North Swindon mother Amanda Wilkins, who has three children diagnosed with ASD (Autism Spectrum Disorder), has had a constant struggle to get the special educational support they need. A couple of weeks ago she described her battle to get her SEND (Special Educational Need & Disability) children a proper education. Today she looks into the huge problems facing families of SEND children when it comes to transport.
By Amanda Wilkins
Swindon SEND transport is in crisis.
Parents and carers all across Swindon have been been facing a total nightmare this week regarding the multitude of difficulties they are currently facing with the service.
Sadly this is not a new phenomenon.
I personally experienced many problems when my son was transported to his SEND School back in 2019. Lack of communication and organisation, taxis booked but not arriving or arriving late, were all commonplace difficulties but it appears that the issues are growing and spiralling out of control.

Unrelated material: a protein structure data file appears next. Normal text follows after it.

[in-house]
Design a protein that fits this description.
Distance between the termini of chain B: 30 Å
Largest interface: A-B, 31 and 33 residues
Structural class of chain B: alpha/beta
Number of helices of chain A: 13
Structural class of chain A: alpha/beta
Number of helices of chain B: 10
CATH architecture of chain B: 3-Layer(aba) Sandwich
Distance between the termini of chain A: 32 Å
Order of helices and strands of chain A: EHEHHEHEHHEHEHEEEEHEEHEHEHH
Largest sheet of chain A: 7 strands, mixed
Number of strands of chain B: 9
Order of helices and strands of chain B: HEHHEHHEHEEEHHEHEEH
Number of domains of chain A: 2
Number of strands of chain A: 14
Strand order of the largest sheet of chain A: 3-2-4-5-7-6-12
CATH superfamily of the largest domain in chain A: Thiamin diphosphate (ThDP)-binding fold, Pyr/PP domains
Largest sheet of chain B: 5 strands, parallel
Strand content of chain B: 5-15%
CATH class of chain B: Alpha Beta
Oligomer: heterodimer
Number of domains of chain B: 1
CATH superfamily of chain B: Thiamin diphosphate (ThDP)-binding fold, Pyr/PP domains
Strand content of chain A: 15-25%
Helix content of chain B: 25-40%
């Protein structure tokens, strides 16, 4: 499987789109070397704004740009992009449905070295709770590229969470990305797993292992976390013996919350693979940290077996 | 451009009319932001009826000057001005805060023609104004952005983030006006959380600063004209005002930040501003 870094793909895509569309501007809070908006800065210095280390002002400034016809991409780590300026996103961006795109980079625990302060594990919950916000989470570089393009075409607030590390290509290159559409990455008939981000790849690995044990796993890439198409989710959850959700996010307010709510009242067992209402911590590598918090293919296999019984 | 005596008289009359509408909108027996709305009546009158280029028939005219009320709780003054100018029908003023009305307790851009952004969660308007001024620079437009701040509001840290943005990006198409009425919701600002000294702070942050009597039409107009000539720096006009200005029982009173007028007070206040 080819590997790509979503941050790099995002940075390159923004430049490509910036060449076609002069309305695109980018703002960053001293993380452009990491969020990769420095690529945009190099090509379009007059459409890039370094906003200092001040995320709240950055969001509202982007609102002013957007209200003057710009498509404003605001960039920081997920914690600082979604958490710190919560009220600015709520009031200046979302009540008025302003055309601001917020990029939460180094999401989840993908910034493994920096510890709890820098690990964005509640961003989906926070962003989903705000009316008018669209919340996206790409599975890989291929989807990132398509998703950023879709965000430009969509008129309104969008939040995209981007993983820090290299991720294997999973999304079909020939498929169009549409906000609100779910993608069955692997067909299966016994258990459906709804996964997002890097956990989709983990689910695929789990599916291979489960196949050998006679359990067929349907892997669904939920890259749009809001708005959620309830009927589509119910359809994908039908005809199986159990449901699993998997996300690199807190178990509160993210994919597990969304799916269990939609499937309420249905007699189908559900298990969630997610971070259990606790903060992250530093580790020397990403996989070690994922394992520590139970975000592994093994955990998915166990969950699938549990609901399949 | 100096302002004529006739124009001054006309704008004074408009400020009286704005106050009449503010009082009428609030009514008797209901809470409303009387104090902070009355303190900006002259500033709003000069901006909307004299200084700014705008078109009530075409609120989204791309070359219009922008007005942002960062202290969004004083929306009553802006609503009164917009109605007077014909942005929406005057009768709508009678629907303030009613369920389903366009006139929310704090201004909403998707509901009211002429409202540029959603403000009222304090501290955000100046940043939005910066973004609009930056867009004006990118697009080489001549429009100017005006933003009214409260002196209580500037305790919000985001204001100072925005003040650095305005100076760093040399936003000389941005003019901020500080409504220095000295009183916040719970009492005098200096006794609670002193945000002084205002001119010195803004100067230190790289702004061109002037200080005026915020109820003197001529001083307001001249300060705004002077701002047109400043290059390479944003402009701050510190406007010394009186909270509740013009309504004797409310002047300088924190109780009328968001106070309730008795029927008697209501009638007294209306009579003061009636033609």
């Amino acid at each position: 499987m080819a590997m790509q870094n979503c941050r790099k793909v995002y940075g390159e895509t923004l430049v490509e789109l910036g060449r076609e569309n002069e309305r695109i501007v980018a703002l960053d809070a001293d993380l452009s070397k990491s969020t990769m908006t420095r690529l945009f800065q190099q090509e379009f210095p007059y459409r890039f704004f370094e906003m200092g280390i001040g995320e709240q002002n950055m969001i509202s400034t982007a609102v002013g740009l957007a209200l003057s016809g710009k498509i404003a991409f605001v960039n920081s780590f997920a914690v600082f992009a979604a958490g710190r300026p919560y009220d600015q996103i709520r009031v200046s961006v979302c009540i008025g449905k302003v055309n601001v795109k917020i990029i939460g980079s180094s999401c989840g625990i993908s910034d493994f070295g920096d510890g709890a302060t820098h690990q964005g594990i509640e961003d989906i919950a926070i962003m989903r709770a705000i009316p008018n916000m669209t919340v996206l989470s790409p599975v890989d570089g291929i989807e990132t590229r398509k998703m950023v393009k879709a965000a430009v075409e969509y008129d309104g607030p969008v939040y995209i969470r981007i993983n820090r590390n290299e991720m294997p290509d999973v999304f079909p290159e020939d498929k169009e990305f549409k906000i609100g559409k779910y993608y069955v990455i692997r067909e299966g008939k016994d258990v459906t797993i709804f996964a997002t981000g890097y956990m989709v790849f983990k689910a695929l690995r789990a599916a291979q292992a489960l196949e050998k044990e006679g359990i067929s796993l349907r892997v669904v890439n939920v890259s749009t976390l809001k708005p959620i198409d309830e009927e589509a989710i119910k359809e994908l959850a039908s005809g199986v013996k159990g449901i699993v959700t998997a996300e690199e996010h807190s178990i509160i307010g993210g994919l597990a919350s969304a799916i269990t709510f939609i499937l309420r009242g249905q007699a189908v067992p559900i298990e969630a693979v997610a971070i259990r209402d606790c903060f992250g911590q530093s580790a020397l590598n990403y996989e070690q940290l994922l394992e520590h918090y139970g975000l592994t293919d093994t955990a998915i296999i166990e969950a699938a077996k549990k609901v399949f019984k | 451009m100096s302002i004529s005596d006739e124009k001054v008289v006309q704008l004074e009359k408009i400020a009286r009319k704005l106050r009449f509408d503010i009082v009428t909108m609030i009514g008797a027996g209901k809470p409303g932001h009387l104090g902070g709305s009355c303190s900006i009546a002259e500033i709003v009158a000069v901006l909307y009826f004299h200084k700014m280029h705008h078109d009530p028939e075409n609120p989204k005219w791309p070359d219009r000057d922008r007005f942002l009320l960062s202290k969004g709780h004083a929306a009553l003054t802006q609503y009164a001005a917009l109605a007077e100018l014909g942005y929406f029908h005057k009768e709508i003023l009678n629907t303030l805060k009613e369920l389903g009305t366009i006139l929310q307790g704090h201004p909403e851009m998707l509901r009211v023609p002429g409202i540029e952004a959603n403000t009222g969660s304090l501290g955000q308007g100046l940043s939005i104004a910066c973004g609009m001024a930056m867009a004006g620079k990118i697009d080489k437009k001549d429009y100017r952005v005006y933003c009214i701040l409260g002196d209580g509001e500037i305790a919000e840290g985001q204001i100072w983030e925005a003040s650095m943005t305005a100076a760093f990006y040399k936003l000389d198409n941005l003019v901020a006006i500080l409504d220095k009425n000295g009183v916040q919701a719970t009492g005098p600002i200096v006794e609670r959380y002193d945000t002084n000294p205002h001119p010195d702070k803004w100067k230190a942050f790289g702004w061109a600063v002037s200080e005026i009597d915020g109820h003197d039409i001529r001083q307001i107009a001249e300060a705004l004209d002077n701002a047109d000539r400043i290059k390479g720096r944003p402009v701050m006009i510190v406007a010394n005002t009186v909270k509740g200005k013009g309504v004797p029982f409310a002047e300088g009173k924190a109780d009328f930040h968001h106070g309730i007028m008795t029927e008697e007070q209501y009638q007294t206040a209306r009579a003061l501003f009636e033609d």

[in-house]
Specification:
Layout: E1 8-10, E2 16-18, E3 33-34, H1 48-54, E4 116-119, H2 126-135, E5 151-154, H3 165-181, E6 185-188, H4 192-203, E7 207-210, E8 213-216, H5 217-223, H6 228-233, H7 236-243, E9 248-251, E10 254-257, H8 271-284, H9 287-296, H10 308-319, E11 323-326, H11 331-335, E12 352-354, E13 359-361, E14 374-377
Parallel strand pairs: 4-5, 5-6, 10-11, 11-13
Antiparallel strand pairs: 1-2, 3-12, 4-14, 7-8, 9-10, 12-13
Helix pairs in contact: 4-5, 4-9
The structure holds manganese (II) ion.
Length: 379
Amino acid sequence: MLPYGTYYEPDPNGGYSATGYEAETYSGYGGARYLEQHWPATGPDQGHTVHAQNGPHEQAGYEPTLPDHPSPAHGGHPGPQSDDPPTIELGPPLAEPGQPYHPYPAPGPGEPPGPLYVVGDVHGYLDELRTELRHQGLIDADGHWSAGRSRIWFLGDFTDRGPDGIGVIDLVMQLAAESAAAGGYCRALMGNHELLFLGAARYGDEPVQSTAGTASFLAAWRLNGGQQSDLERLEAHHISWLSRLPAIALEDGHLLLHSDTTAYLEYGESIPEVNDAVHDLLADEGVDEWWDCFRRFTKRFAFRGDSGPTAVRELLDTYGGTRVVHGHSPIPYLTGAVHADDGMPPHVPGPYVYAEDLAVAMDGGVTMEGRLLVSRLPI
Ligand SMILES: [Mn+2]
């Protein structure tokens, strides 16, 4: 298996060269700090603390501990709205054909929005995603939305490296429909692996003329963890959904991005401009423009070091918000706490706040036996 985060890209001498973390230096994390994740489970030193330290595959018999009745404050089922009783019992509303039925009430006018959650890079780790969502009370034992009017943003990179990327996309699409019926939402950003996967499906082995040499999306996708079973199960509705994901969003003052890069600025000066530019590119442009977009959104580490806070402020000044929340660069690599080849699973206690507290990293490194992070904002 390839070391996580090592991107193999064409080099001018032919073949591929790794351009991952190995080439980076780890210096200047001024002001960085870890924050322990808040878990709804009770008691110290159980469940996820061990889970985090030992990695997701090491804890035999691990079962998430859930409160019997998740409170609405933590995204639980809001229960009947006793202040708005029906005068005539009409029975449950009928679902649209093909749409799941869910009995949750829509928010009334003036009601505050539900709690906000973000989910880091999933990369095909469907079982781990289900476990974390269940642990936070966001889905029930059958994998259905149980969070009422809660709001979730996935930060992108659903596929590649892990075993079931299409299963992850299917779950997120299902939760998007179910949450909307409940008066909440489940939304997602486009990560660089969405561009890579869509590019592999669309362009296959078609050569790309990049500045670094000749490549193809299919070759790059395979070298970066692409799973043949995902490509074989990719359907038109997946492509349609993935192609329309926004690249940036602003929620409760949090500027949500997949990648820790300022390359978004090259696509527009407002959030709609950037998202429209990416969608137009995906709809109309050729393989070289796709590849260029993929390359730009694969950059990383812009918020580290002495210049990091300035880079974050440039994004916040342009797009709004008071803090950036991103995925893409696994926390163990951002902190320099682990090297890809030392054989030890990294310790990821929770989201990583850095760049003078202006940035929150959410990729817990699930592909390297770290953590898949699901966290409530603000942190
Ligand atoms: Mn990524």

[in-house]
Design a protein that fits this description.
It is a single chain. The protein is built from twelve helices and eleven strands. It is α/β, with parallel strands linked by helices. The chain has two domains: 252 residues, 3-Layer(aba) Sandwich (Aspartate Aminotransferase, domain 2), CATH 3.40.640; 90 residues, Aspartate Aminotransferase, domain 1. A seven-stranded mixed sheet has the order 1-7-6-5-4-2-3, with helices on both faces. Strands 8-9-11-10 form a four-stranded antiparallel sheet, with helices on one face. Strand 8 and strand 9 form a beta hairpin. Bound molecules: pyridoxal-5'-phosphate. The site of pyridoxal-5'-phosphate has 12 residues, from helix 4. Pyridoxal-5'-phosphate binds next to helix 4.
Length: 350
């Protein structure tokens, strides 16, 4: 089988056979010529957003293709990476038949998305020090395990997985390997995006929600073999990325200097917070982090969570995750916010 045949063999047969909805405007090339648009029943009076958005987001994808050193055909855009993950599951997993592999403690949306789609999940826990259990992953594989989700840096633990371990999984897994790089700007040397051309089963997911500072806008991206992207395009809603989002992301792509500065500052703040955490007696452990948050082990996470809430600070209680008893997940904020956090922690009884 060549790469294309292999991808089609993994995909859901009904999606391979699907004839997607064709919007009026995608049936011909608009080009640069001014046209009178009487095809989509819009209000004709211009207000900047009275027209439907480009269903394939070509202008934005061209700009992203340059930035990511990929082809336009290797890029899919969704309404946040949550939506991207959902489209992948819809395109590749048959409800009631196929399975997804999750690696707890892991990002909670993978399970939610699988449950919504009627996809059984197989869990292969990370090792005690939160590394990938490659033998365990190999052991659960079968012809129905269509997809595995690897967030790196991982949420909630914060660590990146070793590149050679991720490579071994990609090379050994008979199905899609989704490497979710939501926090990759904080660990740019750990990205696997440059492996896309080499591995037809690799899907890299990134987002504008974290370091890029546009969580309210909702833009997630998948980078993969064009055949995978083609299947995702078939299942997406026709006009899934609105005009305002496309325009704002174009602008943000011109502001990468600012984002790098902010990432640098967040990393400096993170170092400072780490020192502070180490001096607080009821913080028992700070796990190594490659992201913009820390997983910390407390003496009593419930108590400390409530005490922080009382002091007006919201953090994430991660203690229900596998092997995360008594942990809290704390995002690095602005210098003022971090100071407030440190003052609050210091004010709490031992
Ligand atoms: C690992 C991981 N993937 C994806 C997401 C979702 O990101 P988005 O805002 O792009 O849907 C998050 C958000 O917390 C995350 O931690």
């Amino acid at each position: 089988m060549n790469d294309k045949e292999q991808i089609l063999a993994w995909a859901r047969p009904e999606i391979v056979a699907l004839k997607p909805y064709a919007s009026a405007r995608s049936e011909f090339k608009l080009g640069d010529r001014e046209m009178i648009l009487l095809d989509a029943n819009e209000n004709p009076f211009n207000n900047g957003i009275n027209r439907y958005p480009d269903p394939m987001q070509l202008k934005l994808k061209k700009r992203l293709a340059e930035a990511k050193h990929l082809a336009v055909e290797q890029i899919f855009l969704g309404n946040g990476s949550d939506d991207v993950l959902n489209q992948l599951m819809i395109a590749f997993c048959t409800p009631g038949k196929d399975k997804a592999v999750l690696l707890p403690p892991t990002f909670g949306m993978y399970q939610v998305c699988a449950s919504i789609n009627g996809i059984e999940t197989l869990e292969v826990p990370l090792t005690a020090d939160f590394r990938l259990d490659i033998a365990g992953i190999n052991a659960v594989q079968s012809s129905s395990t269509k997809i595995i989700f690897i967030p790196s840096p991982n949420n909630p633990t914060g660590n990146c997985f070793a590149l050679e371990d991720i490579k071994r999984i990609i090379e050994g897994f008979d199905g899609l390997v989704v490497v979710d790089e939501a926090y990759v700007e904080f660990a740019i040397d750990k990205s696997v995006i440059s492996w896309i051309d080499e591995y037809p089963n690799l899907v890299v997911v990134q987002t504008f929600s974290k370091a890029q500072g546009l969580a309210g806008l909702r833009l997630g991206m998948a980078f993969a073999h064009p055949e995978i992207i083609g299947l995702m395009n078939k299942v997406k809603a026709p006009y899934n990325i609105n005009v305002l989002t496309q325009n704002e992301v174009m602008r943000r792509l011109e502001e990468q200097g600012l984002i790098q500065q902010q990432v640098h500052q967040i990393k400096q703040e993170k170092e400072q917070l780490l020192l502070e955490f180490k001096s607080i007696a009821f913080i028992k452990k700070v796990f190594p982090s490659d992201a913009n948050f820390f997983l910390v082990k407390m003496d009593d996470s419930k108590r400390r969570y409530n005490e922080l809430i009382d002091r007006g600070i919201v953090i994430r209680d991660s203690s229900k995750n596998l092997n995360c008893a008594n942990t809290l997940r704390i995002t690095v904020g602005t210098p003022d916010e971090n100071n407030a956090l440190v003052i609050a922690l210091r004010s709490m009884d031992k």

It’s almost impossible to list the numerous challenges that are being encountered. Once I started looking into SEND Transport, it was like opening a Pandora’s box of horrors and I was overwhelmed at the sheer scale of the problems.
There are difficulties with a shortage of personal assistants needed to accompany SEND children to school.
Personal travel budgets are in such an absolute shambles it warrants a whole separate piece in its own right, (watch this space!) and what is possibly the most shocking is the refusal to transport eligible children to their schools.
It really is a broken service, unfit for purpose and unfair on some of the most vulnerable members of our society.